The classical theory of emotions says that at least a few basic emotions are universal (happiness, fear, sadness, surprise, disgust, anger). However, this “essentialist” theory is put into question because it is difficult to find any consistent physiological fingerprint for these emotions; there is a lot of variation and interpretation is subject to context. People from other cultures don’t recognize the same emotion categories that Americans do.
In Barrett’s theory of constructed emotion, emotions arise from “interoception”, which is the body’s perception of energy levels, future energy needs, and what’s going on inside the body. Then, emotions are categories within this space that are learned and culture dependent (similar to words). When we perceive an emotion, we are categorizing an experience into one of our emotion concepts. Thus, emotions are a social reality like money or laws: they don’t exist physically but they exist because everybody agrees on their definition. Constructions of emotions are dependent on perspective (eg: is it a flower or weed?) rather than universal (eg: is this made of tin or copper?).
People with high EQ have finer granularity in categorizing emotions, while a low EQ person would only describe feeling pleasant or unpleasant. A good way to improve EQ is to learn more emotion words and concepts. You might sometimes misattribute physical discomfort (illness, being hungry or tired) as emotions, so eating healthy and sleeping well improves your mood.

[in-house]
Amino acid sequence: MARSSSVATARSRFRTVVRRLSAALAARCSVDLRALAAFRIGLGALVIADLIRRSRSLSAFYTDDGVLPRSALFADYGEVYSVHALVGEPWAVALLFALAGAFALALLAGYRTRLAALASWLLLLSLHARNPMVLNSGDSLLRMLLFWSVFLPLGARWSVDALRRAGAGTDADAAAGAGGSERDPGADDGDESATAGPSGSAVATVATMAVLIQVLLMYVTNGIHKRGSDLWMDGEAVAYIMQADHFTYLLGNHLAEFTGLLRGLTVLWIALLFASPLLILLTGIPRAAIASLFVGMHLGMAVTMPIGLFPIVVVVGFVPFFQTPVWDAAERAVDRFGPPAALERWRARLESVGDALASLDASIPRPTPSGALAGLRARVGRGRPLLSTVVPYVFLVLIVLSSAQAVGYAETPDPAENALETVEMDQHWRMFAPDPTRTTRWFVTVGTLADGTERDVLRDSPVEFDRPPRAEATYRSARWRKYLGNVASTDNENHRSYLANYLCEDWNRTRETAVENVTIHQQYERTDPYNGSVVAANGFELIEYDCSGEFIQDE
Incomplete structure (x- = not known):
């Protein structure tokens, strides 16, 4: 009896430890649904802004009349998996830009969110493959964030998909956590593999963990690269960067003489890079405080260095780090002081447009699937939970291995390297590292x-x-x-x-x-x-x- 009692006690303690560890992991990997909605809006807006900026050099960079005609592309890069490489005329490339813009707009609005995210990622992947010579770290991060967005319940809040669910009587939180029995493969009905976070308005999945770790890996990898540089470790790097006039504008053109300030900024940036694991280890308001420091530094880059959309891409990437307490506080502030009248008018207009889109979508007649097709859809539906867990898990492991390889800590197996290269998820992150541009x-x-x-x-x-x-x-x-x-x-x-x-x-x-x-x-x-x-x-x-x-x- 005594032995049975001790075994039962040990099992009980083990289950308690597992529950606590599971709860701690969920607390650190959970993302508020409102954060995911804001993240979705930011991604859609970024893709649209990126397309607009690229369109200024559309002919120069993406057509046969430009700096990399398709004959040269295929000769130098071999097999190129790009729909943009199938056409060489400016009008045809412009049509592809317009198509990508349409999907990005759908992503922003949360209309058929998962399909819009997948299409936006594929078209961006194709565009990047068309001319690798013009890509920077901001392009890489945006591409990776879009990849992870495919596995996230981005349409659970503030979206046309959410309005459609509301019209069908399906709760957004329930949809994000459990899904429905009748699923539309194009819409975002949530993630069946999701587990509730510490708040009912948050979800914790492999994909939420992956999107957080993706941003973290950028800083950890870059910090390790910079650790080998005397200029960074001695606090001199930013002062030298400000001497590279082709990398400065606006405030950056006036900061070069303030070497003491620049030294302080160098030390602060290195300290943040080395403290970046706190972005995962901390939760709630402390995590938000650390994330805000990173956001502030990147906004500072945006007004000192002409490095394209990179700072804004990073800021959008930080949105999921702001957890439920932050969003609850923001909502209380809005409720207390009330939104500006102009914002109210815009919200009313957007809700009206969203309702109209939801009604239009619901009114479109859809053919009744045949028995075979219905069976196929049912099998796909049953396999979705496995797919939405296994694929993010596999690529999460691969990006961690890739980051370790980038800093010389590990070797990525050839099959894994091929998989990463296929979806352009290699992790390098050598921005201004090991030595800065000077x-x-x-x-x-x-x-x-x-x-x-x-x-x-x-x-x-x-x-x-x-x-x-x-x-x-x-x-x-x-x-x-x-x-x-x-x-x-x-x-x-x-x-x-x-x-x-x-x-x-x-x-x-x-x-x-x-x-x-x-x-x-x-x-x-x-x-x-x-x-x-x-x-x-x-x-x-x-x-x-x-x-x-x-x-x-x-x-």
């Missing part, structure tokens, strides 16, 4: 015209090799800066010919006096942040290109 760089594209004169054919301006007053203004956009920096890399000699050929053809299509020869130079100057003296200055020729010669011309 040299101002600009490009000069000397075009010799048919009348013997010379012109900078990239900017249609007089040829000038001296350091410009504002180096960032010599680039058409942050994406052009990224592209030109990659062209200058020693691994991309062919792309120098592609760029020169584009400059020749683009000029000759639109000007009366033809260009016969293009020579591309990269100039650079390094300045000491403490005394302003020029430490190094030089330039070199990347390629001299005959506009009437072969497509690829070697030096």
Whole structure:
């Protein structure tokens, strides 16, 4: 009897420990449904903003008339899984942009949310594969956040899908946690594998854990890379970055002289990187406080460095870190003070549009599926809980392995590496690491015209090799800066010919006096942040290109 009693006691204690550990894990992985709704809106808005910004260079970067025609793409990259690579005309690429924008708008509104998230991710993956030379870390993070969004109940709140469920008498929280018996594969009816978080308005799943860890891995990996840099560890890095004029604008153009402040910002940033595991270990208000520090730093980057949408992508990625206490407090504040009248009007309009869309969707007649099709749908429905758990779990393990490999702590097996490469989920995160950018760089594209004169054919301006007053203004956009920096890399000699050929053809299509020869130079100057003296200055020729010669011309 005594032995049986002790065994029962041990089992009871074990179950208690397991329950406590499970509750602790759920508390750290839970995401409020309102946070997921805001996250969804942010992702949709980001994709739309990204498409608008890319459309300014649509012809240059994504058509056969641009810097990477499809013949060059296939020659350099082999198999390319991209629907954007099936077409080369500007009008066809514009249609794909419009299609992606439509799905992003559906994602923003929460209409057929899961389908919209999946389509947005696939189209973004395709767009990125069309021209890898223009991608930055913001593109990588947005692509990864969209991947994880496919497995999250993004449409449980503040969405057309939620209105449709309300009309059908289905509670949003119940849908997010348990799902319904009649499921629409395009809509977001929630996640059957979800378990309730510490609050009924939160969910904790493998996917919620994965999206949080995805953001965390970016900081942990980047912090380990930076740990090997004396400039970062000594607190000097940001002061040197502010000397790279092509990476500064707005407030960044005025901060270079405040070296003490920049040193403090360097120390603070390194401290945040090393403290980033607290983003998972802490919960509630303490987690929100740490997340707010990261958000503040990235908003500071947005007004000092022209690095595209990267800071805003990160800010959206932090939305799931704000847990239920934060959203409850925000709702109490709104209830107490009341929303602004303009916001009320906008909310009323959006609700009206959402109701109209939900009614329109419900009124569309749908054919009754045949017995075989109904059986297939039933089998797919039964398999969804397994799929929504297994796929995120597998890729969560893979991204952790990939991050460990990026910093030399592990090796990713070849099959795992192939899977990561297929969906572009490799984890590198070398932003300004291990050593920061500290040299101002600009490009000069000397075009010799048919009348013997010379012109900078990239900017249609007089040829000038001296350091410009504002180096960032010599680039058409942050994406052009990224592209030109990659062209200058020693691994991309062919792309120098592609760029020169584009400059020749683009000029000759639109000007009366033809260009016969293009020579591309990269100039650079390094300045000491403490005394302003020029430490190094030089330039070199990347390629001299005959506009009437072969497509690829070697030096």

The constructed emotion theory has various implications to other areas, although this is still speculative. Mental illnesses like depression and anxiety can be seen as disorders in the brain’s prediction mechanism and regulation of body budget. In law, it’s often relevant whether the perpetrator feels remorse and whether he was affected by the heat of emotion, but these questions may be misguided. In animal psychology, it’s common to feel that animals have emotions, but this is a mental inference fallacy because the human is just projecting his emotional constructions. For the animal to experience emotion requires them to categorize them, which they don’t do.
Overall this book presents many novel ideas about emotions and is written by an eminent researcher in the field. However, the book focuses entirely on the author’s own theory of constructed emotion. There are other theories of emotion in the literature, and constructed emotion is far from the only accepted view. I would’ve preferred a more balanced treatment instead of a one-sided argument that promotes the author’s own theory above all others.